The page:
The facts in this case support defendant's contention that both convictions cannot stand. The acts which supplied the necessary elements of force and fear required under ARS § 13-641 for a robbery conviction are the same acts necessary to supply the essential elements for a conviction under ARS § 13-245.

Time span, although short here, is not controlling. State v. Tinghitella, 108 Ariz. 1, 491 P.2d 834 (1971). And there are, of course, fact situations which would permit convictions for robbery plus connected violent crimes. See, for example, State v. Boag, 104 Ariz. 362, 453 P.2d 508 (1969), where the defendant robbed his victims and then committed mayhem and assaulted them with intent to commit murder. In the instant case, however, the force used was that force necessary to subdue the victim to commit the robbery. The elements of assault were those same elements included in the crime of robbery.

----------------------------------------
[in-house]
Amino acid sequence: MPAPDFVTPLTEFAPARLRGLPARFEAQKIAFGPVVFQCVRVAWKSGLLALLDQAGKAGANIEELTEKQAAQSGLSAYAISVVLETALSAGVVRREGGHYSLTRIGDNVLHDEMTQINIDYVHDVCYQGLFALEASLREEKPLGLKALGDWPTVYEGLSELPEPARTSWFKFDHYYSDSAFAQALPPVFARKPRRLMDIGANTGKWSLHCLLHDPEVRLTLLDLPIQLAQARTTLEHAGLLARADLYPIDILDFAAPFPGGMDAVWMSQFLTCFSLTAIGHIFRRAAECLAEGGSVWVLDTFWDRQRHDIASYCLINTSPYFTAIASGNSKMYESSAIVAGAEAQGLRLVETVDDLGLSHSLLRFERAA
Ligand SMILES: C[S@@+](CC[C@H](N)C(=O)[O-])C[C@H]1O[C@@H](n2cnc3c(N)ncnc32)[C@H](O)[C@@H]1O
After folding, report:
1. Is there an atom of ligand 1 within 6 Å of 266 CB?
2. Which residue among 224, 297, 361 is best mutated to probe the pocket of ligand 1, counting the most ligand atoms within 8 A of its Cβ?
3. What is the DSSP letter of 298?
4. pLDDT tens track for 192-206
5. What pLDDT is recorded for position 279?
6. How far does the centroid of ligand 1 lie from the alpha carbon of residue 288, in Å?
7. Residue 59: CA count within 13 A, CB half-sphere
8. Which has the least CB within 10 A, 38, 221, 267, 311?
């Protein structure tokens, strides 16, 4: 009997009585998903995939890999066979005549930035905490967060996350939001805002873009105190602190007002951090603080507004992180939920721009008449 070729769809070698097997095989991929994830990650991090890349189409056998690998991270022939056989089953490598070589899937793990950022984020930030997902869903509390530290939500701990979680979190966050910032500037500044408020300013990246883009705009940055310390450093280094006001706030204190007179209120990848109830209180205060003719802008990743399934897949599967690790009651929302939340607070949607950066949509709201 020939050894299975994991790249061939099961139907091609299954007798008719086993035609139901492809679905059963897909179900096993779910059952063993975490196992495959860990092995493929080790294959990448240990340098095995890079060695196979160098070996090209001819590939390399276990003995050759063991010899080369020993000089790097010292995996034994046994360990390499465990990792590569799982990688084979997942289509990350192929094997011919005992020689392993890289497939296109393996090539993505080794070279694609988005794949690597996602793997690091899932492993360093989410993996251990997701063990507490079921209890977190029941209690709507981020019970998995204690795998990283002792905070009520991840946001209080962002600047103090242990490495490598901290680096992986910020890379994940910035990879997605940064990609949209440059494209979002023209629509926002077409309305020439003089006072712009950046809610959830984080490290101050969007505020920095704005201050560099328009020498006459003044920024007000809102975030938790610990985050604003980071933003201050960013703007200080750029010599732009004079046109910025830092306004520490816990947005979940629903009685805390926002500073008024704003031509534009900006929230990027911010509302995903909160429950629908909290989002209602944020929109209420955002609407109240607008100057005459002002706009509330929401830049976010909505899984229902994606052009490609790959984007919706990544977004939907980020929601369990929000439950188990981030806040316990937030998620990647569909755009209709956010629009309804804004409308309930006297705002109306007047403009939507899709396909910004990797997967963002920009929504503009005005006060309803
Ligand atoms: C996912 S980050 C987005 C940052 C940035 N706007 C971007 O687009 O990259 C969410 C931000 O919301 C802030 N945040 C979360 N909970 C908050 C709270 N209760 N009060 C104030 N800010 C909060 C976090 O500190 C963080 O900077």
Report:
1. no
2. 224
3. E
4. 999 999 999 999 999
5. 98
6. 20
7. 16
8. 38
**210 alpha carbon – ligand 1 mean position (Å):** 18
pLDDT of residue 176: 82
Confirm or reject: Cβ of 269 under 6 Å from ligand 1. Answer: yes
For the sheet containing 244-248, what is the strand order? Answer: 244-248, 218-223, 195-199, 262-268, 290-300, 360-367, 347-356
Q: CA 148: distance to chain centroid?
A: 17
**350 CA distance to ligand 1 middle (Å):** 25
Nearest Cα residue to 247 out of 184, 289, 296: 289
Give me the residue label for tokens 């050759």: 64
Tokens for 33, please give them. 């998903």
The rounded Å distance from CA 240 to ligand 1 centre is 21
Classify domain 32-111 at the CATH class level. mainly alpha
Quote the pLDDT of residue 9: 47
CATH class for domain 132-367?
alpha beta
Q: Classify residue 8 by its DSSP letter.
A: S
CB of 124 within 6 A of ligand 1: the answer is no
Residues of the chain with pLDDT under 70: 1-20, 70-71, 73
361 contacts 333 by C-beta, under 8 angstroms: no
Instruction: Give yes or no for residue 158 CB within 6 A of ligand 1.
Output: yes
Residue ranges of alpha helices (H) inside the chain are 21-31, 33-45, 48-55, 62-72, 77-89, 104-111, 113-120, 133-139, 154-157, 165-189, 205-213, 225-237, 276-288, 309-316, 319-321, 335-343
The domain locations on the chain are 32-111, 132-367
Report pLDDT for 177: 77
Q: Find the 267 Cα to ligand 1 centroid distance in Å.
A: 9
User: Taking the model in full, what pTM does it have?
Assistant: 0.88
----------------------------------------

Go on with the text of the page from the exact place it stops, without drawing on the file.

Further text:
We therefore hold that the conviction for aggravated assault cannot stand. The sentences on the robbery count and the aggravated assault count were to run concurrently, so remand for resentencing is unnecessary.